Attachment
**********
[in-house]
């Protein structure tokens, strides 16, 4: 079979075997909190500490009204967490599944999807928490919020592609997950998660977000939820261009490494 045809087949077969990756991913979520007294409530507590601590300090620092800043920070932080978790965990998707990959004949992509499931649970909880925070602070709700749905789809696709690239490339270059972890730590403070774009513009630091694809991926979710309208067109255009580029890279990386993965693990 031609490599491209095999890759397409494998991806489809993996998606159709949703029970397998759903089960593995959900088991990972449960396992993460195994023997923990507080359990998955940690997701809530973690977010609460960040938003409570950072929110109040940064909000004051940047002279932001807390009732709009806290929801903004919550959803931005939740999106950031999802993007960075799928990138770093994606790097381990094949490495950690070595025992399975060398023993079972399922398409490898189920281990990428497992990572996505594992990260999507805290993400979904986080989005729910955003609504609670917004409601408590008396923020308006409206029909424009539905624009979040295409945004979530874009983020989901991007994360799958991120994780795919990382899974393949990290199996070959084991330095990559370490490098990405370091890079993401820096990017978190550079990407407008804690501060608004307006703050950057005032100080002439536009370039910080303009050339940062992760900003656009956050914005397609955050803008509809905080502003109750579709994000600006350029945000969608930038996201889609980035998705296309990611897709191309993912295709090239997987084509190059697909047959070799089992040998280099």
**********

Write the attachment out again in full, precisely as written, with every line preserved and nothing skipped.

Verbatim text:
[in-house]
């Protein structure tokens, strides 16, 4: 079979075997909190500490009204967490599944999807928490919020592609997950998660977000939820261009490494 045809087949077969990756991913979520007294409530507590601590300090620092800043920070932080978790965990998707990959004949992509499931649970909880925070602070709700749905789809696709690239490339270059972890730590403070774009513009630091694809991926979710309208067109255009580029890279990386993965693990 031609490599491209095999890759397409494998991806489809993996998606159709949703029970397998759903089960593995959900088991990972449960396992993460195994023997923990507080359990998955940690997701809530973690977010609460960040938003409570950072929110109040940064909000004051940047002279932001807390009732709009806290929801903004919550959803931005939740999106950031999802993007960075799928990138770093994606790097381990094949490495950690070595025992399975060398023993079972399922398409490898189920281990990428497992990572996505594992990260999507805290993400979904986080989005729910955003609504609670917004409601408590008396923020308006409206029909424009539905624009979040295409945004979530874009983020989901991007994360799958991120994780795919990382899974393949990290199996070959084991330095990559370490490098990405370091890079993401820096990017978190550079990407407008804690501060608004307006703050950057005032100080002439536009370039910080303009050339940062992760900003656009956050914005397609955050803008509809905080502003109750579709994000600006350029945000969608930038996201889609980035998705296309990611897709191309993912295709090239997987084509190059697909047959070799089992040998280099």